Do U.S. Allies Contribute Enough? Alliances Are Worth More than Money

On February 25, Russia invaded Ukraine after months of troop buildup along the border. The invasion has united the West in ways Russia never intended. Instead, Russian President Vladimir Putin likely expected to drive a wedge between the United States and its European allies. In another turn of events, Russian aggression in Ukraine brought back the question of whether Europe needs to provide more for its own security.

Do American Allies Pay Enough for Defense?

This is a question that has plagued nearly every American administration since the end of World War II. In that time, every president, in some form or fashion, has encouraged, at times even demanded, that Europe contribute more to its security after spending much of the Cold War under America’s security umbrella. Former President Dwight Eisenhower in the 1950s complained that its North Atlantic Treaty Organization (NATO) allies needed to contribute more while Richard Nixon similarly criticized Asian allies in the 1970s for not paying more for their defense. Presidents George W. Bush and Barack Obama pressed NATO allies to increase military spending. More recently, President Donald Trump lambasted both European and Asian allies for not paying enough.

Germany was the central target for Trump’s haranguing, even threatening to remove U.S. troops stationed in Germany as a punitive measure. Ironically, it was the recent Russian invasion that pushed Germany to commit to sharply increasing defense spending to more than the arbitrary 2/% of its gross domestic product (GDP) on its defense, a target set by NATO in 2014 that Germany has not met since the end of the Cold War. Despite being arguably the most powerful country in Europe, Germany spent 1.53% of its GDP on defense in 2021, significantly lower than the agreed upon target. Germany’s commitment revives an age-old debate in U.S. foreign policy: Do American allies pay enough for defense?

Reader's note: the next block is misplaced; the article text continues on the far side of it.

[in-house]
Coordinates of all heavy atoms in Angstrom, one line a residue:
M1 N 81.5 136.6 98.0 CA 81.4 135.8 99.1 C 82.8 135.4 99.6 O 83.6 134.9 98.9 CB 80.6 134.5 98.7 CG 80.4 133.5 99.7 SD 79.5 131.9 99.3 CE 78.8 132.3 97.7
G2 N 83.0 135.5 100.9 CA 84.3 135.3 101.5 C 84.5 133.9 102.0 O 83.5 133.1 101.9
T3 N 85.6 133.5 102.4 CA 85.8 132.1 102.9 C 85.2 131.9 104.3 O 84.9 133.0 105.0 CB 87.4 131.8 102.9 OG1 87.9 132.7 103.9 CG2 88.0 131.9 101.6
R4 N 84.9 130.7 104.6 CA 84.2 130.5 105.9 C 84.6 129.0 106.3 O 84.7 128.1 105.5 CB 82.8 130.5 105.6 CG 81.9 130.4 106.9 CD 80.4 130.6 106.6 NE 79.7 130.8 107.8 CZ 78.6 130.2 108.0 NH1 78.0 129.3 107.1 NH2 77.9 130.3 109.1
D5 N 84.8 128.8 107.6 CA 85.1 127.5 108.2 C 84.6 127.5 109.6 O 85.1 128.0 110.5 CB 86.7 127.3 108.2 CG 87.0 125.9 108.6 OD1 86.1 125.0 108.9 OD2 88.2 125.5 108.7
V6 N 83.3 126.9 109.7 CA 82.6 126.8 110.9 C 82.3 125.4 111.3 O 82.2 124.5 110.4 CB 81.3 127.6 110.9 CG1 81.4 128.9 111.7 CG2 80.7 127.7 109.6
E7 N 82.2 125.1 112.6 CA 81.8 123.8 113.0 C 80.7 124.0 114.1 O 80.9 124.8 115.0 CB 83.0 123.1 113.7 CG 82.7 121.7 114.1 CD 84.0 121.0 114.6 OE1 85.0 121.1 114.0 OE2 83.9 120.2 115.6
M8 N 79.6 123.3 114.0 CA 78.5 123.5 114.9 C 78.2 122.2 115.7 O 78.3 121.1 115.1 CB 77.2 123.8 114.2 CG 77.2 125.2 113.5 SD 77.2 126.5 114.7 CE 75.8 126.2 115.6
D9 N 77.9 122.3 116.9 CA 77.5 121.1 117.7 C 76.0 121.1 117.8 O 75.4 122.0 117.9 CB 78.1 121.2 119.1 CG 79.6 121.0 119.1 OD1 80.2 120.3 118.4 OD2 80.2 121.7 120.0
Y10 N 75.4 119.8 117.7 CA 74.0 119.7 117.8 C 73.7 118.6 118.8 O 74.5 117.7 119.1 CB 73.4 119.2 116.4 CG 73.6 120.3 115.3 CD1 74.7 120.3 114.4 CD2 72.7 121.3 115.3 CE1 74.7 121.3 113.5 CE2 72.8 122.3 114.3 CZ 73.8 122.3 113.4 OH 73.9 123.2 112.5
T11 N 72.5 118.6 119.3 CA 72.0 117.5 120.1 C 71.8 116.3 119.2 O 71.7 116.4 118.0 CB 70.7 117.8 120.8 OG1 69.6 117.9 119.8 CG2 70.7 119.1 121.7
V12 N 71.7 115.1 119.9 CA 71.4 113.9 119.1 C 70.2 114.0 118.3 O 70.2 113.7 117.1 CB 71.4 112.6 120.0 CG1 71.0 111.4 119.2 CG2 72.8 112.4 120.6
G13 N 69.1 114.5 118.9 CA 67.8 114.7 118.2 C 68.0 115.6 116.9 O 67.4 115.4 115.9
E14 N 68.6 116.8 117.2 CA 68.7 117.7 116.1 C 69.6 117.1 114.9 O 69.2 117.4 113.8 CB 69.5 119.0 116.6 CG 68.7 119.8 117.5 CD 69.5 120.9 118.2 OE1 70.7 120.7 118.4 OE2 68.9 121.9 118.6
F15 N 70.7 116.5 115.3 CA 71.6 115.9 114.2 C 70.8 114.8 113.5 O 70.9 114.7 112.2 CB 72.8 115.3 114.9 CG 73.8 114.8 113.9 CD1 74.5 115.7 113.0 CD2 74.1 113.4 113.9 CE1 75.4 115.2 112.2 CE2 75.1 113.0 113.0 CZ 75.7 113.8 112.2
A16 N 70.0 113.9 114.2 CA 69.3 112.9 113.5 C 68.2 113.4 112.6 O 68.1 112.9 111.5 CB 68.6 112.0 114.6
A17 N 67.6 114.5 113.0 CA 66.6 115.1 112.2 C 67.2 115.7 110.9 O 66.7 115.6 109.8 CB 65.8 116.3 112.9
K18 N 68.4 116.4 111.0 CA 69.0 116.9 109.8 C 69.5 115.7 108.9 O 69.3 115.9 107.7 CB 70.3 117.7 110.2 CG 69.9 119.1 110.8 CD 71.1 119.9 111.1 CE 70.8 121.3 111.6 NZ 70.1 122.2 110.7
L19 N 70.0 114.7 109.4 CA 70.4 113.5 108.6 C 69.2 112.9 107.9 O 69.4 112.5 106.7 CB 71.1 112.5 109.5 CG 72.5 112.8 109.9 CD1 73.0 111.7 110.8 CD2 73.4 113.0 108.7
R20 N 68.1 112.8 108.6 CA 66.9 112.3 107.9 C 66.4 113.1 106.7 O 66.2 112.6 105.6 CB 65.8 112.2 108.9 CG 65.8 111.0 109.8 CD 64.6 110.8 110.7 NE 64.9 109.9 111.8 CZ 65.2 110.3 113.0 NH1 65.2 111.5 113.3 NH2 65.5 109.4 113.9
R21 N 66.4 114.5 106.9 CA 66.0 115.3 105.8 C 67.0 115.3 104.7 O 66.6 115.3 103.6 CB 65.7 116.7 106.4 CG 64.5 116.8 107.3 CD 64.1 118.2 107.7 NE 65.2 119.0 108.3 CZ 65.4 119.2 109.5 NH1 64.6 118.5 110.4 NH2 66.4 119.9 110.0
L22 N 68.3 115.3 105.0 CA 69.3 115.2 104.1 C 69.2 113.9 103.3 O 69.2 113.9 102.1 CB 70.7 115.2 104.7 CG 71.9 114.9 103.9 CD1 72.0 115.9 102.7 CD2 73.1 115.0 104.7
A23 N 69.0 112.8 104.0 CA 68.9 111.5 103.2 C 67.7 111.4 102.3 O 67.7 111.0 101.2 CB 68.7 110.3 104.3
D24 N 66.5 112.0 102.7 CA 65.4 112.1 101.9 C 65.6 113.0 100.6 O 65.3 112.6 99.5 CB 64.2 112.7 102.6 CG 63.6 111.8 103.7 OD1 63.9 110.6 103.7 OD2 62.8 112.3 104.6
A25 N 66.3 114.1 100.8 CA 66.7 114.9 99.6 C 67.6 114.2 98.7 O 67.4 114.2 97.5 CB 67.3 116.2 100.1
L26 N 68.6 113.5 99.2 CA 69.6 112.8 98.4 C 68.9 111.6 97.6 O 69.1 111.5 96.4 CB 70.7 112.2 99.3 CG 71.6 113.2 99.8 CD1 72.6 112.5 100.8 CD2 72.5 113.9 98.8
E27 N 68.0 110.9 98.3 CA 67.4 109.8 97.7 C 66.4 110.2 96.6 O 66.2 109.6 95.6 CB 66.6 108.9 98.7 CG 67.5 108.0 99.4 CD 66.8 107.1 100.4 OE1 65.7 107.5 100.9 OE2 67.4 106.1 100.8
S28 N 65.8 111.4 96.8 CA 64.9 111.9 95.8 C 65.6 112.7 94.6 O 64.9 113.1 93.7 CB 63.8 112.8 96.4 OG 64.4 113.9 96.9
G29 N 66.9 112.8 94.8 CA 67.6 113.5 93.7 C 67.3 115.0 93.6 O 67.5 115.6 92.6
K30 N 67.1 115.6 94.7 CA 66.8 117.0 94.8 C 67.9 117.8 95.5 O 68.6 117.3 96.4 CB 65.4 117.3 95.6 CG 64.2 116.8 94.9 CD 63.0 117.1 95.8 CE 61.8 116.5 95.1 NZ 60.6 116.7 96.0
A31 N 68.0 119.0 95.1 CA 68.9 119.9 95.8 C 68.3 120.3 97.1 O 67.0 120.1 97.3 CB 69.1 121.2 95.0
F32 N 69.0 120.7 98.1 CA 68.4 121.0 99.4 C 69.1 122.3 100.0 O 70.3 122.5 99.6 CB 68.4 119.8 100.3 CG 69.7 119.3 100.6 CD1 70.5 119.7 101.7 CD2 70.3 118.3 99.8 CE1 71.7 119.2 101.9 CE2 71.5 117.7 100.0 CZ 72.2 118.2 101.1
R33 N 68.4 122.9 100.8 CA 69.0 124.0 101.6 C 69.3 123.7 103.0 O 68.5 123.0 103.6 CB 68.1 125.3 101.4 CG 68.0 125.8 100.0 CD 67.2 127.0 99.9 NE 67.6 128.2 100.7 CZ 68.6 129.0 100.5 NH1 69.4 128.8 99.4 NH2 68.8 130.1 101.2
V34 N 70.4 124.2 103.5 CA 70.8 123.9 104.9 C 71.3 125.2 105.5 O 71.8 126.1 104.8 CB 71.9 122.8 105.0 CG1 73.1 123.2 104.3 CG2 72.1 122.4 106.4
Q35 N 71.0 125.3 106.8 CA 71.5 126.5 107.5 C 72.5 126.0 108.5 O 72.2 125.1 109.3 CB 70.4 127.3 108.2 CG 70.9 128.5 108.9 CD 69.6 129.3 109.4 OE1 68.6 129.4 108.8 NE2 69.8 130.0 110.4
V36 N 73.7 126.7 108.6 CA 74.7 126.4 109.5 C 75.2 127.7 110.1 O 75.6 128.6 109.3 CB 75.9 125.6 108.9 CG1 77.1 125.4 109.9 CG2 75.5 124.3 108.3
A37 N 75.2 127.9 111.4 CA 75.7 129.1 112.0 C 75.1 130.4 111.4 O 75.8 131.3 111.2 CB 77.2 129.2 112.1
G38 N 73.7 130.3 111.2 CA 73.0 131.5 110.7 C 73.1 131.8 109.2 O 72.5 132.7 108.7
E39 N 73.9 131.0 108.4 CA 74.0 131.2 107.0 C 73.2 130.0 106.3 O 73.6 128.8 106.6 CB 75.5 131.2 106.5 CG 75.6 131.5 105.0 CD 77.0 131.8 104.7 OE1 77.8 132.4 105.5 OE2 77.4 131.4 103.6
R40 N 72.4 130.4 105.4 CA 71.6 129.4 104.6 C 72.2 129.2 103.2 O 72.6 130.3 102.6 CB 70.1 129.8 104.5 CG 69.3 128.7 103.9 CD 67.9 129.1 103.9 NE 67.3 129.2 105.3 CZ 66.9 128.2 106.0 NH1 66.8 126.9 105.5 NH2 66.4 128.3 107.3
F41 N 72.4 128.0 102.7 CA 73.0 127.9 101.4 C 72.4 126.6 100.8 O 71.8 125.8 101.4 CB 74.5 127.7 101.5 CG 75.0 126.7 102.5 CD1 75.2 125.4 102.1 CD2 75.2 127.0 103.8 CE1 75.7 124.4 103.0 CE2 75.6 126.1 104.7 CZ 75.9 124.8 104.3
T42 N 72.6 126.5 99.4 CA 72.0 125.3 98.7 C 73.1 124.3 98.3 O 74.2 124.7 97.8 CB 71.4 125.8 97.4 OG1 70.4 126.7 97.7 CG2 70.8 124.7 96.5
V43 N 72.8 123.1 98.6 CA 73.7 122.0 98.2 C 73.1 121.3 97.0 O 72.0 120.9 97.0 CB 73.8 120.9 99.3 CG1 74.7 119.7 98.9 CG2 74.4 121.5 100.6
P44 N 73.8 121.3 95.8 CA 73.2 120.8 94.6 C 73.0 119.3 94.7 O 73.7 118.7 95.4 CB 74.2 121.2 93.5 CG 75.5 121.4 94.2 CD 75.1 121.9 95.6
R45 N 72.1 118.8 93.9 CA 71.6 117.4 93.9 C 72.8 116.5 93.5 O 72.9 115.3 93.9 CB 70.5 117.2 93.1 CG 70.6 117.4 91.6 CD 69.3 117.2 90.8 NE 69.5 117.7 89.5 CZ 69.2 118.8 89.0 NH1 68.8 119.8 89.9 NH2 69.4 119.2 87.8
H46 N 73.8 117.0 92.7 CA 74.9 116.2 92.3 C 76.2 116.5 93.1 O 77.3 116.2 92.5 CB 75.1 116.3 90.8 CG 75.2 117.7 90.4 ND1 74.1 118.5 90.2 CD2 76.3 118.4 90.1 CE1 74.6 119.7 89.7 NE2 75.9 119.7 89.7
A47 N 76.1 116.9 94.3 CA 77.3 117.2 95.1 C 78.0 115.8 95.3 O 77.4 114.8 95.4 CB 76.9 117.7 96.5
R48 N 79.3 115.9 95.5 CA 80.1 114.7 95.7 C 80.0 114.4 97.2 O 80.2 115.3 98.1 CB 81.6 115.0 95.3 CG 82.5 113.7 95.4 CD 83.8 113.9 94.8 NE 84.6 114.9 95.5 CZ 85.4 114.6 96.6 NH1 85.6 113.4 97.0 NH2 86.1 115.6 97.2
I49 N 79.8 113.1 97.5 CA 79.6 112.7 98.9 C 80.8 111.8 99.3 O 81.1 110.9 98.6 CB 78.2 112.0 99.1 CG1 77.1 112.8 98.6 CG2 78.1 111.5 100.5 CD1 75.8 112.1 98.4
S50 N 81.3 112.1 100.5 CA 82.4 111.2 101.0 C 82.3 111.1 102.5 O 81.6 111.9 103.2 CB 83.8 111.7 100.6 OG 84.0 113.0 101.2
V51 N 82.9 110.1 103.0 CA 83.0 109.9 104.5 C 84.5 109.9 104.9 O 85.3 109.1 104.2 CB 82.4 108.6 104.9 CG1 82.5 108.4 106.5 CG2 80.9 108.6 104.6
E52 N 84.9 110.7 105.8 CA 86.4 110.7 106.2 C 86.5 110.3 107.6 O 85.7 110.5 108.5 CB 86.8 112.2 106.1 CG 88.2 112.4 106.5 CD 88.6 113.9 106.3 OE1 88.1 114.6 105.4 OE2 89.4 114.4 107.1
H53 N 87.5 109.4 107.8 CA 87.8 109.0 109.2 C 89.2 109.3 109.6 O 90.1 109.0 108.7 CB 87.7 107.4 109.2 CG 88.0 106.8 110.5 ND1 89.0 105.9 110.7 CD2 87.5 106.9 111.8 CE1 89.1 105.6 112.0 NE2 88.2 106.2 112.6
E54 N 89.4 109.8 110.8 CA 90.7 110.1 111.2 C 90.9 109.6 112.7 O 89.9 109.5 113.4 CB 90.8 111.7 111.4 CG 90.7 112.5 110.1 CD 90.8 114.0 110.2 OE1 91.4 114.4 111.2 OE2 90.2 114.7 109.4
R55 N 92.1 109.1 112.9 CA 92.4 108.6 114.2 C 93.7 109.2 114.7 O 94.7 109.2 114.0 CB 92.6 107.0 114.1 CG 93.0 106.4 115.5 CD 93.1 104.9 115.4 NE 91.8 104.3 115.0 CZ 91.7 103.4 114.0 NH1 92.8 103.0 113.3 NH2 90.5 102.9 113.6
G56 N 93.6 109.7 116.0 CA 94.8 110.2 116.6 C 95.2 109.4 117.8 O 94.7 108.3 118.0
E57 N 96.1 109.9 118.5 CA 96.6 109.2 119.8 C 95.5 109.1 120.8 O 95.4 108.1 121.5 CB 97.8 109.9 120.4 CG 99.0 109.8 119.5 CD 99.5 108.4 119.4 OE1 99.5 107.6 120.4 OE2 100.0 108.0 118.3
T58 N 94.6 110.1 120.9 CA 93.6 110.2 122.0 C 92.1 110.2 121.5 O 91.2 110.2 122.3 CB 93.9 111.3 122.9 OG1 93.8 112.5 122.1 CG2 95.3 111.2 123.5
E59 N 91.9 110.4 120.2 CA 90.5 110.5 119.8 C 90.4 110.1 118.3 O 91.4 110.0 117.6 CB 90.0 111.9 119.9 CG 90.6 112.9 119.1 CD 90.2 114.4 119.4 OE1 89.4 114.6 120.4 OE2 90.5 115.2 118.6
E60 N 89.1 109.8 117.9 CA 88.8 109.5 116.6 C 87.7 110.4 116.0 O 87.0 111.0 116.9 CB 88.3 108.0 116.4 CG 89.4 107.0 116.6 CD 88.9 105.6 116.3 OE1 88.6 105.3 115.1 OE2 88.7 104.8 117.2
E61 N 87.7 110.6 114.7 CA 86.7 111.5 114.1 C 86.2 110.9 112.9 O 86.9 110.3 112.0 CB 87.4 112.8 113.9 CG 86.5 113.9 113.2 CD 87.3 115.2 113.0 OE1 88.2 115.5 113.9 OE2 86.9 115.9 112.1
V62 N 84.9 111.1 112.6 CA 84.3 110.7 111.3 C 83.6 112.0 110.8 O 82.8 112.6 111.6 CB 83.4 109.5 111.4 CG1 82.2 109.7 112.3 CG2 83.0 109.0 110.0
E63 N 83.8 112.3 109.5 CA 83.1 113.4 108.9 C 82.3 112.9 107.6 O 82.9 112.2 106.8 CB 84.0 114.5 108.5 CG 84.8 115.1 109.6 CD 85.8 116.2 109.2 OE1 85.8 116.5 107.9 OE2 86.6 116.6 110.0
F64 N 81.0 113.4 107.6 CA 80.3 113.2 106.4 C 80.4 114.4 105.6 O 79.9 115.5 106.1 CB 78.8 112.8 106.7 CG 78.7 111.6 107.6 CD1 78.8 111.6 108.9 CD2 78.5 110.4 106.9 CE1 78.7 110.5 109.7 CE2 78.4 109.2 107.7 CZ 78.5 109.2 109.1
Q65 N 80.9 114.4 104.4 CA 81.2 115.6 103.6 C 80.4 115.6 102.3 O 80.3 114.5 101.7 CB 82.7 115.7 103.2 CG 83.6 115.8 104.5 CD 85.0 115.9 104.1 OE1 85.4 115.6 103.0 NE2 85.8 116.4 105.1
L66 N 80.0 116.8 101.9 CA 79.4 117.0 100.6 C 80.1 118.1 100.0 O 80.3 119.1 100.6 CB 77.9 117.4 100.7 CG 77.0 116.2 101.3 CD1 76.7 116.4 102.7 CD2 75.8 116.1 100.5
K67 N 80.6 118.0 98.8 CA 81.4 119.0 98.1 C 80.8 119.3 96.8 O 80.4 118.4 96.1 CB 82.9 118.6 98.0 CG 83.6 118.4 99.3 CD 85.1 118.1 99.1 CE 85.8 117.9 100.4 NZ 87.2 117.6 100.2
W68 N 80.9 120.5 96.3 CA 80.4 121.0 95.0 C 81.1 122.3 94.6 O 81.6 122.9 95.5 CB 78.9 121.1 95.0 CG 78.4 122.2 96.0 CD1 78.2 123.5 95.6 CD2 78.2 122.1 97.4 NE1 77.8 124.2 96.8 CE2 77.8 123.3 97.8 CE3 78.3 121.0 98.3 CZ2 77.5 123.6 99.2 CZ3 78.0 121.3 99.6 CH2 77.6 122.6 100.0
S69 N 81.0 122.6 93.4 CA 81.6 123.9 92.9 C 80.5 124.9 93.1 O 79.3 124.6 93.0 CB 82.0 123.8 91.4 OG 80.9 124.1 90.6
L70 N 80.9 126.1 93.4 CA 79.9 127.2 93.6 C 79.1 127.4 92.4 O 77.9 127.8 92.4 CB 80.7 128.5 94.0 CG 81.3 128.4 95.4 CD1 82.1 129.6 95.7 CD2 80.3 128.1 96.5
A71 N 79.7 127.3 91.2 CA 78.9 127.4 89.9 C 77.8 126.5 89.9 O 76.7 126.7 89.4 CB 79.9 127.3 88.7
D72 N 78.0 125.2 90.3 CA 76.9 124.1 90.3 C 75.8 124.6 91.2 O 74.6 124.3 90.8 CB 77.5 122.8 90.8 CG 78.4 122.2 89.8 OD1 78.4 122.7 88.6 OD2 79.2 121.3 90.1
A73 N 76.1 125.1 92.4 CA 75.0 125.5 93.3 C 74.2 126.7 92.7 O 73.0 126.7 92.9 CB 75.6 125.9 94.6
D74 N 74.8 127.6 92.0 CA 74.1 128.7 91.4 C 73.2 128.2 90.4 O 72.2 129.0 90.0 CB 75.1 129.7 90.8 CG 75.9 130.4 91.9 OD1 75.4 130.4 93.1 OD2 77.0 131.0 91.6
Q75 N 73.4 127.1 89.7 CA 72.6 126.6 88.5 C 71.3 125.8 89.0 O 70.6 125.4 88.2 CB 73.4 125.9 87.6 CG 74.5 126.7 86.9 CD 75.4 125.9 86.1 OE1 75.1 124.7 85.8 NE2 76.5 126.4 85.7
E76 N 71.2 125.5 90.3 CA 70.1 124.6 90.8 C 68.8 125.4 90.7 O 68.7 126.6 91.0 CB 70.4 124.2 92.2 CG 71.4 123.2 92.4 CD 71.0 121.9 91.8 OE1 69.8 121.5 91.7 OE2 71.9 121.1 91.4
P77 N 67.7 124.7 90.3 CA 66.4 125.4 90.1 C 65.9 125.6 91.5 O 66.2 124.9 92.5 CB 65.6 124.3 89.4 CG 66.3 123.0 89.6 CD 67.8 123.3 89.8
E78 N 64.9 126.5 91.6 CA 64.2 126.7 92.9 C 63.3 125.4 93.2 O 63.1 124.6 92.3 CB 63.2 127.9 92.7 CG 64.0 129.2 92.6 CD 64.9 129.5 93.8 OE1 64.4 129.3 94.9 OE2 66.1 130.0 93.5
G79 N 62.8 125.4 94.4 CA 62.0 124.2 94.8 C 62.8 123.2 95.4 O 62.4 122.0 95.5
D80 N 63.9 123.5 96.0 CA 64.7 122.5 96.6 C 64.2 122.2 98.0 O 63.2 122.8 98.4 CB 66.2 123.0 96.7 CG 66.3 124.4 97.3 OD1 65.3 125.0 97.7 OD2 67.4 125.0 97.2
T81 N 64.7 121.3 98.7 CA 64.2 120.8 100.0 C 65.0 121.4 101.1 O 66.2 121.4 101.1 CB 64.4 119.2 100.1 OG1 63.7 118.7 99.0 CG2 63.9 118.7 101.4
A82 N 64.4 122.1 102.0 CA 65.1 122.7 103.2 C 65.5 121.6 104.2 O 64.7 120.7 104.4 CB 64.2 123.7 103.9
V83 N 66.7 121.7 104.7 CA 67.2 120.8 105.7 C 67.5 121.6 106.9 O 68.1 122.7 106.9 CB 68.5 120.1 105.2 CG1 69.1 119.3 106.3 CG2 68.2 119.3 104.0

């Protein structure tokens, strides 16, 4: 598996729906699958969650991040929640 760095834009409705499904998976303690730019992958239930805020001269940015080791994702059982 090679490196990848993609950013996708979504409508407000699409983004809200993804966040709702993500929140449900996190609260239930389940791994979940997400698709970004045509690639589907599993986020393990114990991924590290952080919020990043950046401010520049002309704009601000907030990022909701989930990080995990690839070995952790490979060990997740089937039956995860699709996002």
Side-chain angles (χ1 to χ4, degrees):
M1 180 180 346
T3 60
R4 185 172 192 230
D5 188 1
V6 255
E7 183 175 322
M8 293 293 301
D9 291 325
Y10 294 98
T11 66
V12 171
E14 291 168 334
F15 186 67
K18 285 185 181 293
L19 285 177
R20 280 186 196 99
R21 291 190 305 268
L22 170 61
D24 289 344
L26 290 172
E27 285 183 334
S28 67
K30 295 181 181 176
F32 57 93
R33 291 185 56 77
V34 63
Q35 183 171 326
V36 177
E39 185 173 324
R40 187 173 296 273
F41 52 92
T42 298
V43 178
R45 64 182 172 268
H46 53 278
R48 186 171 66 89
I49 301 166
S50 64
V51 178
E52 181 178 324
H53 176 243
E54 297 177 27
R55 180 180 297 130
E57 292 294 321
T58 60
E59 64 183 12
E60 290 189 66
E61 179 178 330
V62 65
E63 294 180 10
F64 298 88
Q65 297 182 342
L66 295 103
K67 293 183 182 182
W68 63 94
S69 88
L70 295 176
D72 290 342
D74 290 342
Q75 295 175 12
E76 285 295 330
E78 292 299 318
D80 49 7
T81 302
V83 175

Europe’s Defense Spending Is Increasing

Trump often railed against U.S. allies, calling them “free-riders.” In ranting against America’s European allies, he called NATO “obsolete.” He alienated key European allies. He caused Asian allies to wonder about U.S. reliability. In fact, Trump spent much of his four years as president carping at NATO allies in Europe for not contributing enough to the alliance.

He was right on one point: The United States, unmistakably, spends more than any other of the 29 NATO members, with estimates putting U.S. spending at more than 3.7% of its GDP on defense in 2020. Following Russia’s annexation of Crimea in 2014, NATO leaders agreed to spend at least 2% of their GDP on defense by 2024, a target that only nine alliances members met by 2019. However, in 2020, the average percentage spent by the European members of the alliance and Canada, conversely, was 1.77%. While most have not met that target, defense spending among NATO countries has been increasing as 10 NATO members hit or exceeded the target in 2020.

What Trump Got Very Wrong

Trump’s arguments were incorrect in another facet of NATO finances. He consistently conflated the pledge to spend 2% of GDP on defense with the agreed cost sharing formula. NATO’s annual budget is approximately $3 billion annually and, to cover this, NATO members agreed to a complex formula to pay for NATO’s day-to-day operations. This concept is separate from spending 2% of GDP on defense as the formula is based on national income.